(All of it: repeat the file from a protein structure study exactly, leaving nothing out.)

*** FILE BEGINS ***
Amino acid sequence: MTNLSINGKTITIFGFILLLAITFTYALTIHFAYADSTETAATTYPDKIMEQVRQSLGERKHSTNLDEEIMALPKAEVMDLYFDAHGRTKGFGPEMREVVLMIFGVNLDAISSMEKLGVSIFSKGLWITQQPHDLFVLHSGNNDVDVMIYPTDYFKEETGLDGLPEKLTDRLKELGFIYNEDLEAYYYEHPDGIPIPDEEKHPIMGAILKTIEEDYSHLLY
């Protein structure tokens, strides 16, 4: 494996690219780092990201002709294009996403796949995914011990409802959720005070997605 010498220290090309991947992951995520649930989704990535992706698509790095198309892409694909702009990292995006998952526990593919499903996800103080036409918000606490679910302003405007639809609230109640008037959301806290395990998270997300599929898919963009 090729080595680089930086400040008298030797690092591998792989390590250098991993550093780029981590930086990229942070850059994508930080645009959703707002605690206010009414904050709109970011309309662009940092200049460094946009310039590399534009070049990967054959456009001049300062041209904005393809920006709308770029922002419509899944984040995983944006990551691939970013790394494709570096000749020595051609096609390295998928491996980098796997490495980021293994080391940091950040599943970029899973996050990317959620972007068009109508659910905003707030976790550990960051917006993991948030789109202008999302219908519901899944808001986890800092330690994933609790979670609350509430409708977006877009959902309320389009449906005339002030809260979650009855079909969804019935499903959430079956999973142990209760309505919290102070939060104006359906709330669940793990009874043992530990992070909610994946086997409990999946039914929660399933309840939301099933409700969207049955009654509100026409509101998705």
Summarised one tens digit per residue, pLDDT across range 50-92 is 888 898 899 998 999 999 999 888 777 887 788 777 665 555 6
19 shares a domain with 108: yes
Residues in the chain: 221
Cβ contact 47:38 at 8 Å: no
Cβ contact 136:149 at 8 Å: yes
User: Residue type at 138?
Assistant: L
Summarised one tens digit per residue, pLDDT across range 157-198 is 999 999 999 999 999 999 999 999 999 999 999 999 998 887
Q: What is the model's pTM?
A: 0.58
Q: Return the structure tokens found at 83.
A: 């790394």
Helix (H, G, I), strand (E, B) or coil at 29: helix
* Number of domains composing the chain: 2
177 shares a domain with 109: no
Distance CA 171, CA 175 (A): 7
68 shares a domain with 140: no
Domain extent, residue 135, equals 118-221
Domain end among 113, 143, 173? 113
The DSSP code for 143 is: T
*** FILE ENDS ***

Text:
Amino acid sequence: MTNLSINGKTITIFGFILLLAITFTYALTIHFAYADSTETAATTYPDKIMEQVRQSLGERKHSTNLDEEIMALPKAEVMDLYFDAHGRTKGFGPEMREVVLMIFGVNLDAISSMEKLGVSIFSKGLWITQQPHDLFVLHSGNNDVDVMIYPTDYFKEETGLDGLPEKLTDRLKELGFIYNEDLEAYYYEHPDGIPIPDEEKHPIMGAILKTIEEDYSHLLY
């Protein structure tokens, strides 16, 4: 494996690219780092990201002709294009996403796949995914011990409802959720005070997605 010498220290090309991947992951995520649930989704990535992706698509790095198309892409694909702009990292995006998952526990593919499903996800103080036409918000606490679910302003405007639809609230109640008037959301806290395990998270997300599929898919963009 090729080595680089930086400040008298030797690092591998792989390590250098991993550093780029981590930086990229942070850059994508930080645009959703707002605690206010009414904050709109970011309309662009940092200049460094946009310039590399534009070049990967054959456009001049300062041209904005393809920006709308770029922002419509899944984040995983944006990551691939970013790394494709570096000749020595051609096609390295998928491996980098796997490495980021293994080391940091950040599943970029899973996050990317959620972007068009109508659910905003707030976790550990960051917006993991948030789109202008999302219908519901899944808001986890800092330690994933609790979670609350509430409708977006877009959902309320389009449906005339002030809260979650009855079909969804019935499903959430079956999973142990209760309505919290102070939060104006359906709330669940793990009874043992530990992070909610994946086997409990999946039914929660399933309840939301099933409700969207049955009654509100026409509101998705």
Summarised one tens digit per residue, pLDDT across range 50-92 is 888 898 899 998 999 999 999 888 777 887 788 777 665 555 6
19 shares a domain with 108: yes
Residues in the chain: 221
Cβ contact 47:38 at 8 Å: no
Cβ contact 136:149 at 8 Å: yes
User: Residue type at 138?
Assistant: L
Summarised one tens digit per residue, pLDDT across range 157-198 is 999 999 999 999 999 999 999 999 999 999 999 999 998 887
Q: What is the model's pTM?
A: 0.58
Q: Return the structure tokens found at 83.
A: 């790394």
Helix (H, G, I), strand (E, B) or coil at 29: helix
* Number of domains composing the chain: 2
177 shares a domain with 109: no
Distance CA 171, CA 175 (A): 7
68 shares a domain with 140: no
Domain extent, residue 135, equals 118-221
Domain end among 113, 143, 173? 113
The DSSP code for 143 is: T